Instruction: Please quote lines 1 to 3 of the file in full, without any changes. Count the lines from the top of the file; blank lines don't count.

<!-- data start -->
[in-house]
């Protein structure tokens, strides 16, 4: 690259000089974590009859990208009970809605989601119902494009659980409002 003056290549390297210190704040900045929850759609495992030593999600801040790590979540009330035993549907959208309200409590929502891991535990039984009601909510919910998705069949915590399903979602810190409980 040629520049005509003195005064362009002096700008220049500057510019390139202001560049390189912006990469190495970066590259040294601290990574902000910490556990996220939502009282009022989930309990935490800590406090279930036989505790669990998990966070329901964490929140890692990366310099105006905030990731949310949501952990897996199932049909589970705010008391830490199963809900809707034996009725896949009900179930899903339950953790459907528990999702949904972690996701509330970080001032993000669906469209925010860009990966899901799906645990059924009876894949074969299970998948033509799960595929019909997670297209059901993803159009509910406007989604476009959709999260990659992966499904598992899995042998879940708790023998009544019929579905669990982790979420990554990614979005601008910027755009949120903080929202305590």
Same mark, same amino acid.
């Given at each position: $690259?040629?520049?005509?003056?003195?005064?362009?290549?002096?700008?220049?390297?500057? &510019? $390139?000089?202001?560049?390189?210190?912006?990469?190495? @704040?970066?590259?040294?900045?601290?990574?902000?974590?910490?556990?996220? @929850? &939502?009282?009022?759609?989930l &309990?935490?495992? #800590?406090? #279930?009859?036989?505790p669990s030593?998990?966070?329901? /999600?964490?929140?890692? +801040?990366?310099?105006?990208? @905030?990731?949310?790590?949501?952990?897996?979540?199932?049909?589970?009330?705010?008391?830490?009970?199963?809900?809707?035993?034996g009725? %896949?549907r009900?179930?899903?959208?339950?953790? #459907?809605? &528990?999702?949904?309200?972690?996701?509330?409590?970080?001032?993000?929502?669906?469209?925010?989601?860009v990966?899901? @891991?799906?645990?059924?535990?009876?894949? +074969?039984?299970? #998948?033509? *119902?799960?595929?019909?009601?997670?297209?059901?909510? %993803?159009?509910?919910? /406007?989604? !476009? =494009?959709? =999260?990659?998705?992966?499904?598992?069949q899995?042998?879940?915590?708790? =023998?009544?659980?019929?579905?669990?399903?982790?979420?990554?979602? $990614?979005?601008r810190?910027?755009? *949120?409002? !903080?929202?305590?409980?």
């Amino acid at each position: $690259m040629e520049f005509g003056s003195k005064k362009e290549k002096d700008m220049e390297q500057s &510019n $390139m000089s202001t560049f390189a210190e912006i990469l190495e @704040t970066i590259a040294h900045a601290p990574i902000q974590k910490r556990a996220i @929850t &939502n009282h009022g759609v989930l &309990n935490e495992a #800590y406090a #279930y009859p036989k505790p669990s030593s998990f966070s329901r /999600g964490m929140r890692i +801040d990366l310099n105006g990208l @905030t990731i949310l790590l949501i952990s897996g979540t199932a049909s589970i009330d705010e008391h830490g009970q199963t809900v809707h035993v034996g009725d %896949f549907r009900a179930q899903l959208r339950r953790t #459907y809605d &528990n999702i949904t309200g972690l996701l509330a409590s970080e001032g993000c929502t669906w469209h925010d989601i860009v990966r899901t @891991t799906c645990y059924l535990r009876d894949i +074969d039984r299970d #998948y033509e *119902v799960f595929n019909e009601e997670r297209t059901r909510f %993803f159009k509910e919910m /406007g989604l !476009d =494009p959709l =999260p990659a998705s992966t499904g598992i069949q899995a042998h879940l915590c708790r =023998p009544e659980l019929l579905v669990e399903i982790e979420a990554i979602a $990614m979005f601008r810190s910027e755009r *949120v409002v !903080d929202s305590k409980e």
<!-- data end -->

[in-house]
């Protein structure tokens, strides 16, 4: 690259000089974590009859990208009970809605989601119902494009659980409002 003056290549390297210190704040900045929850759609495992030593999600801040790590979540009330035993549907959208309200409590929502891991535990039984009601909510919910998705069949915590399903979602810190409980 040629520049005509003195005064362009002096700008220049500057510019390139202001560049390189912006990469190495970066590259040294601290990574902000910490556990996220939502009282009022989930309990935490800590406090279930036989505790669990998990966070329901964490929140890692990366310099105006905030990731949310949501952990897996199932049909589970705010008391830490199963809900809707034996009725896949009900179930899903339950953790459907528990999702949904972690996701509330970080001032993000669906469209925010860009990966899901799906645990059924009876894949074969299970998948033509799960595929019909997670297209059901993803159009509910406007989604476009959709999260990659992966499904598992899995042998879940708790023998009544019929579905669990982790979420990554990614979005601008910027755009949120903080929202305590």
Same mark, same amino acid.